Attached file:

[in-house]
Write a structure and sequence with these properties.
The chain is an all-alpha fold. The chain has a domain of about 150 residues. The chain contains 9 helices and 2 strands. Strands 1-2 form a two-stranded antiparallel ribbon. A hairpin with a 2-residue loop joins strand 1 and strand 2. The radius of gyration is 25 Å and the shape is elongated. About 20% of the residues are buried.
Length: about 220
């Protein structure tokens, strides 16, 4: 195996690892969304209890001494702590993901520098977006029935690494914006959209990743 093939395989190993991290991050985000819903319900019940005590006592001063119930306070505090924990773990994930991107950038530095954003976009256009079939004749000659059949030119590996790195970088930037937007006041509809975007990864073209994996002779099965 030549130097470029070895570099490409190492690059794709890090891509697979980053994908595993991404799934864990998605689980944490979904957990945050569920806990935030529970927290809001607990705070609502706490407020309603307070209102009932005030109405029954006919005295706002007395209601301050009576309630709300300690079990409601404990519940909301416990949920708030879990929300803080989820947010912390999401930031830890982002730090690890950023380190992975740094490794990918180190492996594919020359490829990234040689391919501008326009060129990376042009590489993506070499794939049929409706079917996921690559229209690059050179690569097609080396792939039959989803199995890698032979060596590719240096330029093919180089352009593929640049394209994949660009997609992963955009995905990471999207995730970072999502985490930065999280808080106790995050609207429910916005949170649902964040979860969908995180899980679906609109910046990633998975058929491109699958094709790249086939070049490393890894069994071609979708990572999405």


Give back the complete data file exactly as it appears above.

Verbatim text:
[in-house]
Write a structure and sequence with these properties.
The chain is an all-alpha fold. The chain has a domain of about 150 residues. The chain contains 9 helices and 2 strands. Strands 1-2 form a two-stranded antiparallel ribbon. A hairpin with a 2-residue loop joins strand 1 and strand 2. The radius of gyration is 25 Å and the shape is elongated. About 20% of the residues are buried.
Length: about 220
């Protein structure tokens, strides 16, 4: 195996690892969304209890001494702590993901520098977006029935690494914006959209990743 093939395989190993991290991050985000819903319900019940005590006592001063119930306070505090924990773990994930991107950038530095954003976009256009079939004749000659059949030119590996790195970088930037937007006041509809975007990864073209994996002779099965 030549130097470029070895570099490409190492690059794709890090891509697979980053994908595993991404799934864990998605689980944490979904957990945050569920806990935030529970927290809001607990705070609502706490407020309603307070209102009932005030109405029954006919005295706002007395209601301050009576309630709300300690079990409601404990519940909301416990949920708030879990929300803080989820947010912390999401930031830890982002730090690890950023380190992975740094490794990918180190492996594919020359490829990234040689391919501008326009060129990376042009590489993506070499794939049929409706079917996921690559229209690059050179690569097609080396792939039959989803199995890698032979060596590719240096330029093919180089352009593929640049394209994949660009997609992963955009995905990471999207995730970072999502985490930065999280808080106790995050609207429910916005949170649902964040979860969908995180899980679906609109910046990633998975058929491109699958094709790249086939070049490393890894069994071609979708990572999405």